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article imageReport: AR app Layar's creators want to buy it back from Blippar

By James Walker     Jul 5, 2017 in Technology
Two of the cofounders of Layar, a pioneering augmented reality startup, are said to be interested in buying the company back from owner Blippar. The cofounders sold their app in 2014 for an undisclosed sum. They now want to return to ownership.
Layar was one of the first mainstream augmented reality apps. Founded in 2009, the app offered an early version of an AR environment map. Holding your phone in front of a building or sign would give you information about it, allowing to see more of your surroundings. Layar was also provided interactive magazine covers that offered video content when you pointed your phone at the page.
In 2014, Layar cofounders Maarten Lens-Fitzgerald, Raimo van der Klein and Claire Boonstra sold the company to Blippar. Described as a "visual discovery app," Blippar offers a greatly-expanded version of Layar's technologies. You can point your phone at books, images, TV shows and household items to get more information and engage in augmented reality experiences. Blippar has heavily incorporated Layar's pioneering technology into its product.
READ MORE: Prototype augmented reality system uses your desk as a display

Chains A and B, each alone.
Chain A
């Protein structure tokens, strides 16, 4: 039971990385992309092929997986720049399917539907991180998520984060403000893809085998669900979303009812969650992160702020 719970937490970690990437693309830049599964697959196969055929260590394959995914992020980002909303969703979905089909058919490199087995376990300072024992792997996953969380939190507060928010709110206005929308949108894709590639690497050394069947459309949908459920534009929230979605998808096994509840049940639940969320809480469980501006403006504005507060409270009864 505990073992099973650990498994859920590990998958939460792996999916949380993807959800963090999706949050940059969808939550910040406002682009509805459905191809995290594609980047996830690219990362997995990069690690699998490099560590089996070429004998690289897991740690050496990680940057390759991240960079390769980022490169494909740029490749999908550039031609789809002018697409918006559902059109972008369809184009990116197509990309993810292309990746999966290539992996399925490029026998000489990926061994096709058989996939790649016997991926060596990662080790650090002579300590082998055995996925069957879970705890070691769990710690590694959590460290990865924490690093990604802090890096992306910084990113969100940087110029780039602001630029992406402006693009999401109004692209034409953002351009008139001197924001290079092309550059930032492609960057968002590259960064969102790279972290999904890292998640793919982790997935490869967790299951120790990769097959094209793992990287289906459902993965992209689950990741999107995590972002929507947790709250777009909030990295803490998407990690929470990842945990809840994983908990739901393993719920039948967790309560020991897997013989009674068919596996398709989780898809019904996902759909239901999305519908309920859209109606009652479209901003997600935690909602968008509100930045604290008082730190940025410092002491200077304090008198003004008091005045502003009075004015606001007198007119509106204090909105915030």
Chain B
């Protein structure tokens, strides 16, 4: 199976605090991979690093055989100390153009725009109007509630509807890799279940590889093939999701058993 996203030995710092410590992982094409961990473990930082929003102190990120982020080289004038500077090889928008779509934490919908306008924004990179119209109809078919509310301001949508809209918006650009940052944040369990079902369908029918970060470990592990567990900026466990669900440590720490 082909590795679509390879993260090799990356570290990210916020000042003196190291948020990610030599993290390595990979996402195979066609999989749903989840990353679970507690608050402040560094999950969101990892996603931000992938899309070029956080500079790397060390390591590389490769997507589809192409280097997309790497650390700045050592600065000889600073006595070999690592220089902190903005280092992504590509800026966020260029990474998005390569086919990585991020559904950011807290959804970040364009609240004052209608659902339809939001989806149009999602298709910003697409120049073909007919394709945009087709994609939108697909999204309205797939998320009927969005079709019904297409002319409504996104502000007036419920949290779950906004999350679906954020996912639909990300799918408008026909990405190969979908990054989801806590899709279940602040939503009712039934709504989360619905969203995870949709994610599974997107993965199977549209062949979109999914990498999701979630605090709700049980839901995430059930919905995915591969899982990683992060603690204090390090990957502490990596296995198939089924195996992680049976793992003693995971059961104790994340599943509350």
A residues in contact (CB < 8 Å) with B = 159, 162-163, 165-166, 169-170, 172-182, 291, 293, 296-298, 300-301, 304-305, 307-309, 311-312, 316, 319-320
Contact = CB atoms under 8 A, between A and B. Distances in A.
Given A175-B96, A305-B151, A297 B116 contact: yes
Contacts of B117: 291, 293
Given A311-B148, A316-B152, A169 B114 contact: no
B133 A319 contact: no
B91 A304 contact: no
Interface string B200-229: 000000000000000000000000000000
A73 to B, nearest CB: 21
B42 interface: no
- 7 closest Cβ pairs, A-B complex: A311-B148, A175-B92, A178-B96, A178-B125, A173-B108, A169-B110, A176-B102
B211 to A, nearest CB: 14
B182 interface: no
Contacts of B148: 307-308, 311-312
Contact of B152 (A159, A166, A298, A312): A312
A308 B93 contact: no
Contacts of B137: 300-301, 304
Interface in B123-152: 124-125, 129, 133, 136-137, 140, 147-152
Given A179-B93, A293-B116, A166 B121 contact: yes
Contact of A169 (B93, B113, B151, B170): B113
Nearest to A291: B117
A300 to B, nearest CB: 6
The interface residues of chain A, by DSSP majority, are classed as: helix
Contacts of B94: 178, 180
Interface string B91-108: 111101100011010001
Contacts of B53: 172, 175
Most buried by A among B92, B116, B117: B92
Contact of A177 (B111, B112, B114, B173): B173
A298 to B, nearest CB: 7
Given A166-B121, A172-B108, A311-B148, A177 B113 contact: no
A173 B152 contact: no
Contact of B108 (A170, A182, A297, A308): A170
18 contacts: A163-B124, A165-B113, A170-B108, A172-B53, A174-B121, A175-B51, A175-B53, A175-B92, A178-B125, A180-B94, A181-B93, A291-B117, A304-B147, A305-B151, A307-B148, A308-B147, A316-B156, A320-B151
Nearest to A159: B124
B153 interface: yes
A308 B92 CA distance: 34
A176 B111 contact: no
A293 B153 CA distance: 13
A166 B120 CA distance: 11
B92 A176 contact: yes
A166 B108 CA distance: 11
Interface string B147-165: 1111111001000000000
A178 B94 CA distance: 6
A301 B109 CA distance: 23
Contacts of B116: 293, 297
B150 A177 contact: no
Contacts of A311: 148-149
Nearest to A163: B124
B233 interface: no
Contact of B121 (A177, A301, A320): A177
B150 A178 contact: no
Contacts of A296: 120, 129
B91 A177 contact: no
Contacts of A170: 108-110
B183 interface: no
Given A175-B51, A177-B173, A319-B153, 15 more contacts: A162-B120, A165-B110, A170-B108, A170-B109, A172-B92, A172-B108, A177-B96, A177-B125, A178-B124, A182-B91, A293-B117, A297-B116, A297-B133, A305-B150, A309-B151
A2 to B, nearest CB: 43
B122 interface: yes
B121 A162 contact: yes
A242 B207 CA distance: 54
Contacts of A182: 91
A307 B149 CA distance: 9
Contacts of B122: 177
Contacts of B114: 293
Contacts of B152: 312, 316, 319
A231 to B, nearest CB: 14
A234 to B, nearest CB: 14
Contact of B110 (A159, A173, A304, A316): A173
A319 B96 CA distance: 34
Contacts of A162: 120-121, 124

Since selling Layar, Lens-Fitzgerald and van der Klein have been running another startup. They're now said to be interested in getting back into the augmented reality industry in a way that could disrupt current development of the technology. Business Insider reports that the pair have "informally" approached Blippar about buying back Layar. Boonstra is not thought to be involved.
The cofounders are reportedly interested in regaining control of Layar because Blippar "lacks vision and strategy." Business Insider, citing a source "with knowledge of the matter," suggested the pair have spotted an opportunity in augmented reality that their technology could develop.
If they succeed in buying back Layar, the AR market could change significantly. As one of the first companies to have publicly debuted an AR app, Layar's independent re-entry could offer a credible alternative to the emerging ecosystems offered by the likes of Apple's ARKit and Microsoft's Windows Holographic Platform. Blippar is said to have turned down the current proposals.
Questions remain if the cofounders can feasibly reclaim Layar, even if Blippar were to indicate agreement. Since much of Blippar is now built on Layar's technology, it could prove impossible to work out what belongs to each company.
There's another reason why Blippar would turn down the offer too. Layar had 1.2 million users when it was bought by Blippar. Today, Blippar is said to have "close to 500,000." An internal source told Business Insider that Blippar has "run [Layar] into the ground" and most of the company's users are provided by the app.
Letting Layar go could prove to be disastrous for Blippar but potentially enable more innovation in the augmented reality space. While the claims that Blippar lacks "vision" are unsubstantiated, a re-entry from one of the first augmented reality apps could increase competition as the concept develops.
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